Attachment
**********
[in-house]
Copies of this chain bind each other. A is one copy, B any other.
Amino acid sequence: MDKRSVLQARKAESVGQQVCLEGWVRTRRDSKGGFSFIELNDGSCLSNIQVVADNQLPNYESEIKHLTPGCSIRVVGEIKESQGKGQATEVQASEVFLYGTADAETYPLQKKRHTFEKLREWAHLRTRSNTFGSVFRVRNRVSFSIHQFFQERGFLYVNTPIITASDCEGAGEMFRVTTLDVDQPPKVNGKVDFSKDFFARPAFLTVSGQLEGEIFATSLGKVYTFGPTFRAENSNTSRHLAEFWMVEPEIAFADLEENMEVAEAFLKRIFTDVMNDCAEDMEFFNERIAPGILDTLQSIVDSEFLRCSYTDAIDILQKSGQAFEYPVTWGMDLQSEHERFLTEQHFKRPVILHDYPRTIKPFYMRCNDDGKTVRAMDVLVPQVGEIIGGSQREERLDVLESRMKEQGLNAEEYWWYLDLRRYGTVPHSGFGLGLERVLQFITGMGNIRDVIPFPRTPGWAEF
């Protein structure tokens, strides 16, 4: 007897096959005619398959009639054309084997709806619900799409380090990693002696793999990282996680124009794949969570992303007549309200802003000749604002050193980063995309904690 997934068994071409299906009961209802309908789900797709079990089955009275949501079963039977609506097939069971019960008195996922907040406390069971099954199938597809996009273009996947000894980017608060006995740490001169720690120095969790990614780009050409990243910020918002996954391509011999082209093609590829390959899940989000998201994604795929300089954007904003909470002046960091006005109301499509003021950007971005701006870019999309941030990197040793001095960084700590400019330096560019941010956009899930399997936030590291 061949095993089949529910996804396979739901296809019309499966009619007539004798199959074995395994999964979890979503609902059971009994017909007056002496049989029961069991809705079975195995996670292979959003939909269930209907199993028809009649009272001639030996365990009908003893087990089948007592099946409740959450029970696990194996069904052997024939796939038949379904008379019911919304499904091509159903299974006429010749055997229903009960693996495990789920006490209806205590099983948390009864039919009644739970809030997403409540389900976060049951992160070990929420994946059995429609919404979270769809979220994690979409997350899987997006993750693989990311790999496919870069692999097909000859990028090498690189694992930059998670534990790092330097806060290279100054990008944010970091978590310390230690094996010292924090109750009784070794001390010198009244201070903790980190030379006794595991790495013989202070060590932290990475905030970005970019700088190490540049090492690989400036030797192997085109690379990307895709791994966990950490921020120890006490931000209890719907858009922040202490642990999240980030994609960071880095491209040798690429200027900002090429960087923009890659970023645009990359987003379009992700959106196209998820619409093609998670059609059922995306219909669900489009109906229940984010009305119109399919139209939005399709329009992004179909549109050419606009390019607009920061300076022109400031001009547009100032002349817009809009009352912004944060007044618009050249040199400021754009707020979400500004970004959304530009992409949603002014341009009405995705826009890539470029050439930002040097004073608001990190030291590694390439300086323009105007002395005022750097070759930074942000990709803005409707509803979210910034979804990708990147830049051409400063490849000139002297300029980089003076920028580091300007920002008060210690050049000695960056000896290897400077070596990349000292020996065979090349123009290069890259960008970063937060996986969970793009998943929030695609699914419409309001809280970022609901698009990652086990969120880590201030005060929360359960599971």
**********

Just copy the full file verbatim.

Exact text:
[in-house]
Copies of this chain bind each other. A is one copy, B any other.
Amino acid sequence: MDKRSVLQARKAESVGQQVCLEGWVRTRRDSKGGFSFIELNDGSCLSNIQVVADNQLPNYESEIKHLTPGCSIRVVGEIKESQGKGQATEVQASEVFLYGTADAETYPLQKKRHTFEKLREWAHLRTRSNTFGSVFRVRNRVSFSIHQFFQERGFLYVNTPIITASDCEGAGEMFRVTTLDVDQPPKVNGKVDFSKDFFARPAFLTVSGQLEGEIFATSLGKVYTFGPTFRAENSNTSRHLAEFWMVEPEIAFADLEENMEVAEAFLKRIFTDVMNDCAEDMEFFNERIAPGILDTLQSIVDSEFLRCSYTDAIDILQKSGQAFEYPVTWGMDLQSEHERFLTEQHFKRPVILHDYPRTIKPFYMRCNDDGKTVRAMDVLVPQVGEIIGGSQREERLDVLESRMKEQGLNAEEYWWYLDLRRYGTVPHSGFGLGLERVLQFITGMGNIRDVIPFPRTPGWAEF
């Protein structure tokens, strides 16, 4: 007897096959005619398959009639054309084997709806619900799409380090990693002696793999990282996680124009794949969570992303007549309200802003000749604002050193980063995309904690 997934068994071409299906009961209802309908789900797709079990089955009275949501079963039977609506097939069971019960008195996922907040406390069971099954199938597809996009273009996947000894980017608060006995740490001169720690120095969790990614780009050409990243910020918002996954391509011999082209093609590829390959899940989000998201994604795929300089954007904003909470002046960091006005109301499509003021950007971005701006870019999309941030990197040793001095960084700590400019330096560019941010956009899930399997936030590291 061949095993089949529910996804396979739901296809019309499966009619007539004798199959074995395994999964979890979503609902059971009994017909007056002496049989029961069991809705079975195995996670292979959003939909269930209907199993028809009649009272001639030996365990009908003893087990089948007592099946409740959450029970696990194996069904052997024939796939038949379904008379019911919304499904091509159903299974006429010749055997229903009960693996495990789920006490209806205590099983948390009864039919009644739970809030997403409540389900976060049951992160070990929420994946059995429609919404979270769809979220994690979409997350899987997006993750693989990311790999496919870069692999097909000859990028090498690189694992930059998670534990790092330097806060290279100054990008944010970091978590310390230690094996010292924090109750009784070794001390010198009244201070903790980190030379006794595991790495013989202070060590932290990475905030970005970019700088190490540049090492690989400036030797192997085109690379990307895709791994966990950490921020120890006490931000209890719907858009922040202490642990999240980030994609960071880095491209040798690429200027900002090429960087923009890659970023645009990359987003379009992700959106196209998820619409093609998670059609059922995306219909669900489009109906229940984010009305119109399919139209939005399709329009992004179909549109050419606009390019607009920061300076022109400031001009547009100032002349817009809009009352912004944060007044618009050249040199400021754009707020979400500004970004959304530009992409949603002014341009009405995705826009890539470029050439930002040097004073608001990190030291590694390439300086323009105007002395005022750097070759930074942000990709803005409707509803979210910034979804990708990147830049051409400063490849000139002297300029980089003076920028580091300007920002008060210690050049000695960056000896290897400077070596990349000292020996065979090349123009290069890259960008970063937060996986969970793009998943929030695609699914419409309001809280970022609901698009990652086990969120880590201030005060929360359960599971």